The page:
- Quantum Multiverse: this may be the most familiar of the list. It refers to the Many Worlds interpretation of quantum mechanics, which flew in the face of the historical Copenhagen interpretation. In essence, each quantum possibility (is the electron here or there?) is actually manifested in a parallel universe (in our universe, it's here, but simultaneously in a parallel universe, it's there).
- Holographic Multiverse: strange, cutting edge science from string theory, quantum field theory and black holes suggests that our universe may just be a mirrored or projected "image" from a distant, differently-dimensioned (2D instead of 3D?) but physically equivalent parallel universe.
- Simulated Multiverse: the most banal but perhaps most immediately relevant, technological growth may make it possible for entire, self-consistent, self-aware and self-propagating simulated universes to be created.
- Ultimate Multiverse: Part (a), if you will, is actually philosophical - the "principle of fecundity" asserts that every possible universe is a real universe (even the ones made entirely of gorgonzola or the ones made of nothing), thereby nullifying the question of why our particular universe is the one which exists. Part (b) trims this slightly by introducing a level of self-consistency, proposing that every possible mathematically consistent universe is a universe, or, more correctly, that "these universes instantiate all possible mathematical equations."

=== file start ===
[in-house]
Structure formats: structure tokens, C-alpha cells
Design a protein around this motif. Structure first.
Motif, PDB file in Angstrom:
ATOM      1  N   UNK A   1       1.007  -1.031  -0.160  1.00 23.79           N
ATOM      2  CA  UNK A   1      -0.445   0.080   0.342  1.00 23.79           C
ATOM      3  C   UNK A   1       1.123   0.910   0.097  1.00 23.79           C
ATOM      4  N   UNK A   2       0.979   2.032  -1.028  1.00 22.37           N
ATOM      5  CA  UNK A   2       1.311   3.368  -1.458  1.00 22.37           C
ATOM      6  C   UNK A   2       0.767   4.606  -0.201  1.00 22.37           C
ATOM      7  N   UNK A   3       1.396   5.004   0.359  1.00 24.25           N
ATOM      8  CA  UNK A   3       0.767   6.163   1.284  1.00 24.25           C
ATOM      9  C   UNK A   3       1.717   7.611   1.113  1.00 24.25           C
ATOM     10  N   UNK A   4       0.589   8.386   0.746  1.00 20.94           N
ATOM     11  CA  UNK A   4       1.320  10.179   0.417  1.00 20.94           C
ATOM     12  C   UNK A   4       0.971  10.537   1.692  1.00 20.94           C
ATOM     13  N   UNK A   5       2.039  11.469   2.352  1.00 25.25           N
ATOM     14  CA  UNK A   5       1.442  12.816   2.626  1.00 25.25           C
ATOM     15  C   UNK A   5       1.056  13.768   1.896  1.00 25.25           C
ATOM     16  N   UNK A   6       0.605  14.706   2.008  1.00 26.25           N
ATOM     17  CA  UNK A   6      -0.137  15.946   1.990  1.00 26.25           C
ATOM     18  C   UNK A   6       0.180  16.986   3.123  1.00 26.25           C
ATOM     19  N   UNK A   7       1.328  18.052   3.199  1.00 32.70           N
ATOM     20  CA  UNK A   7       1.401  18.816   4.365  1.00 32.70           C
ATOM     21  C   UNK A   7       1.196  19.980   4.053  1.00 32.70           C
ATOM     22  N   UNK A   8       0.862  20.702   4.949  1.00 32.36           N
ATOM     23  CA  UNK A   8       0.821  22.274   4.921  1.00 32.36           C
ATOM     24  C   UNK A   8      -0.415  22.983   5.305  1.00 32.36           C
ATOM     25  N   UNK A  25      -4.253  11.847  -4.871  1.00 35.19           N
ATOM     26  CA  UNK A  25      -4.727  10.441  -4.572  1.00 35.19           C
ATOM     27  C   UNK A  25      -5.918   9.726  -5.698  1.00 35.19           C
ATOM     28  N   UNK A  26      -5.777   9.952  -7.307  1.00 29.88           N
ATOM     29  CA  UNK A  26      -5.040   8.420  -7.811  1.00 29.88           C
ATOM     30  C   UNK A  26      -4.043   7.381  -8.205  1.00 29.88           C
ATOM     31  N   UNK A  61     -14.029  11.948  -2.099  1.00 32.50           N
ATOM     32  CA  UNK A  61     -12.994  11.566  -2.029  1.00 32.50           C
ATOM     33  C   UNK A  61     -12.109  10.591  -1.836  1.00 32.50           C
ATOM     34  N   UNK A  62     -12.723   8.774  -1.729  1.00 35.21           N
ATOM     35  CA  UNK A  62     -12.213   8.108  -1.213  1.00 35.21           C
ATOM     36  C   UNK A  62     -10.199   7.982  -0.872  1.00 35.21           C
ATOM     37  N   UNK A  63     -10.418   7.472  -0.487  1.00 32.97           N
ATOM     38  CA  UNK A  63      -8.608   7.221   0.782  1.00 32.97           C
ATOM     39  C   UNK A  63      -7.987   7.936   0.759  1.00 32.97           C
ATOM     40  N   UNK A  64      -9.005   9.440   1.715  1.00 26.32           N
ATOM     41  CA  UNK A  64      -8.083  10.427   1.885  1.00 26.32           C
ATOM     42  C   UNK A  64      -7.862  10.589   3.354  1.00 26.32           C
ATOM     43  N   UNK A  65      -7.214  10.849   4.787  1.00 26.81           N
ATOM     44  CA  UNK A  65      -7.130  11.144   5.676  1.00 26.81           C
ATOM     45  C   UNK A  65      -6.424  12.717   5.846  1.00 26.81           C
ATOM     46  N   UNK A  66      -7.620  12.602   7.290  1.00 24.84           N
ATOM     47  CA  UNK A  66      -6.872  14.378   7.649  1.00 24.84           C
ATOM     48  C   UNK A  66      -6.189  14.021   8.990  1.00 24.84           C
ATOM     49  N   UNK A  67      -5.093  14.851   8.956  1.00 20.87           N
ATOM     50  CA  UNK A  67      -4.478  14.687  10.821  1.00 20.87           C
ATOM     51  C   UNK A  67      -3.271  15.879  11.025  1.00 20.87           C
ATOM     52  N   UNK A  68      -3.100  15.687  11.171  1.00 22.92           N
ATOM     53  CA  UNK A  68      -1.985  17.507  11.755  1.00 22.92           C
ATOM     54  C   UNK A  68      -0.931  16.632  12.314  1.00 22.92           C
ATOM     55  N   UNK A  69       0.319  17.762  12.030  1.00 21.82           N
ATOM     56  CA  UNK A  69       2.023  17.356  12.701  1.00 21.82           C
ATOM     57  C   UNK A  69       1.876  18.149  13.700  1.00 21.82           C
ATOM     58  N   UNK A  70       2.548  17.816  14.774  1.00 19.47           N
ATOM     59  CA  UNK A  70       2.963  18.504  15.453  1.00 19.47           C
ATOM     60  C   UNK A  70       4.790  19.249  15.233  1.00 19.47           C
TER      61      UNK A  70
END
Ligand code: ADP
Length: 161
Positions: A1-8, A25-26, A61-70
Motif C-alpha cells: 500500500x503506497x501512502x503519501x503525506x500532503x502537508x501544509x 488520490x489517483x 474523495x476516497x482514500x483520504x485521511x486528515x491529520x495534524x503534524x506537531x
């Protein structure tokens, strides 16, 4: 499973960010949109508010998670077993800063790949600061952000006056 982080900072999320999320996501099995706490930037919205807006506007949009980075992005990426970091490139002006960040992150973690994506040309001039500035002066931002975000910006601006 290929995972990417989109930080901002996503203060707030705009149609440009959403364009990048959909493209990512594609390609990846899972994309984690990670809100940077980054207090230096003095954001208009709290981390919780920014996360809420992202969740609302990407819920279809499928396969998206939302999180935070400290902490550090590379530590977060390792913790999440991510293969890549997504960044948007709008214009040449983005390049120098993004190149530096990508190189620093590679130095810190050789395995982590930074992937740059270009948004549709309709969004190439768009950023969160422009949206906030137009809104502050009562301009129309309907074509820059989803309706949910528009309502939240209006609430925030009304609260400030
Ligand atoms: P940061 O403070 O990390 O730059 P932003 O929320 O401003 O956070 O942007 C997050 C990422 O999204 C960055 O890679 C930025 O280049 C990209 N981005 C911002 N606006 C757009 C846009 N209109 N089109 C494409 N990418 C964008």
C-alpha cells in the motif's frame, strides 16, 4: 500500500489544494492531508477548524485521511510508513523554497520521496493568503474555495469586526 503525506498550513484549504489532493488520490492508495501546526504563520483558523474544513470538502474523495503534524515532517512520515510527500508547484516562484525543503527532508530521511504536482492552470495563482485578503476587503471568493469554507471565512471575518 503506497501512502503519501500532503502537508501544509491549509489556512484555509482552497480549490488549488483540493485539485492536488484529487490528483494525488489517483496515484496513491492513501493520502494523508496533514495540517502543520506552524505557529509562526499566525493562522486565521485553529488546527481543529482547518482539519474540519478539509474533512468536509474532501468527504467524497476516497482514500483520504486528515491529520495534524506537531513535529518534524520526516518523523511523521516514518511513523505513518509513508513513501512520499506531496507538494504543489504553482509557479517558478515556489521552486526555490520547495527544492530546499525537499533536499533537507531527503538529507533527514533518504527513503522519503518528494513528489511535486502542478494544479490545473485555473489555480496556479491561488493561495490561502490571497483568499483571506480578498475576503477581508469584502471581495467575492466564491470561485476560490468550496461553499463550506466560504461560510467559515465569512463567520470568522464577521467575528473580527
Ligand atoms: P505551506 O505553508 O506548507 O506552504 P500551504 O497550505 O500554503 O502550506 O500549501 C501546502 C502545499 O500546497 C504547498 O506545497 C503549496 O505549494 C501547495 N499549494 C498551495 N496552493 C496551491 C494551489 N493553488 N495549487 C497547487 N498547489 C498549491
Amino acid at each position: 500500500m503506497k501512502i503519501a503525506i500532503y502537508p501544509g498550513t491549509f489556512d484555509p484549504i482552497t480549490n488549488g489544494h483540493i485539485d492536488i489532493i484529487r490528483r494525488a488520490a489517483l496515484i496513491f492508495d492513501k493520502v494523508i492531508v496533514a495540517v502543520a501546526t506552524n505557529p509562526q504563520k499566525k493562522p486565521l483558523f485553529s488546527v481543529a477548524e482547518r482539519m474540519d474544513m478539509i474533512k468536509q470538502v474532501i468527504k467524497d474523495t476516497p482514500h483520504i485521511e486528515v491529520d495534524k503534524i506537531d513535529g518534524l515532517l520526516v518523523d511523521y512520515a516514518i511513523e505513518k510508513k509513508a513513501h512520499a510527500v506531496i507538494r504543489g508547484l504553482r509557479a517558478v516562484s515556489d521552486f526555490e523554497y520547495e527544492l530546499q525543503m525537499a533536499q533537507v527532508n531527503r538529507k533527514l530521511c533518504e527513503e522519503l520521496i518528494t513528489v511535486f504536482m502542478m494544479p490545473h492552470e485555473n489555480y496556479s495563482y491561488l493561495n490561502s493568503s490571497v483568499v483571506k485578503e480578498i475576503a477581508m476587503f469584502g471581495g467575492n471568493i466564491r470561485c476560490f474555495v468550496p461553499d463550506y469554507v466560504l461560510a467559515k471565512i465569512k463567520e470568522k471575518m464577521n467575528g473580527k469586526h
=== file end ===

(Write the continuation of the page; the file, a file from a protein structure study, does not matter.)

"The breadth of multiverse proposals... might suggest a panorama of hidden realities [essentially, what Hawking/Mlodinow were suggesting]. But I've titled this book in the singular [The Hidden Reality] to reflect the unique and uniquely powerful theme that underlies them all: the capacity of mathematics to reveal secreted truths about the workings of the world. Centuries of discovery have made this abundantly evident; monumental upheavals in physics have emerged time and again from vigorously following mathematics' lead.... [The] multiverse proposals similarly rely on a belief that mathematics is tightly stitched into the fabric of reality."However, he continues: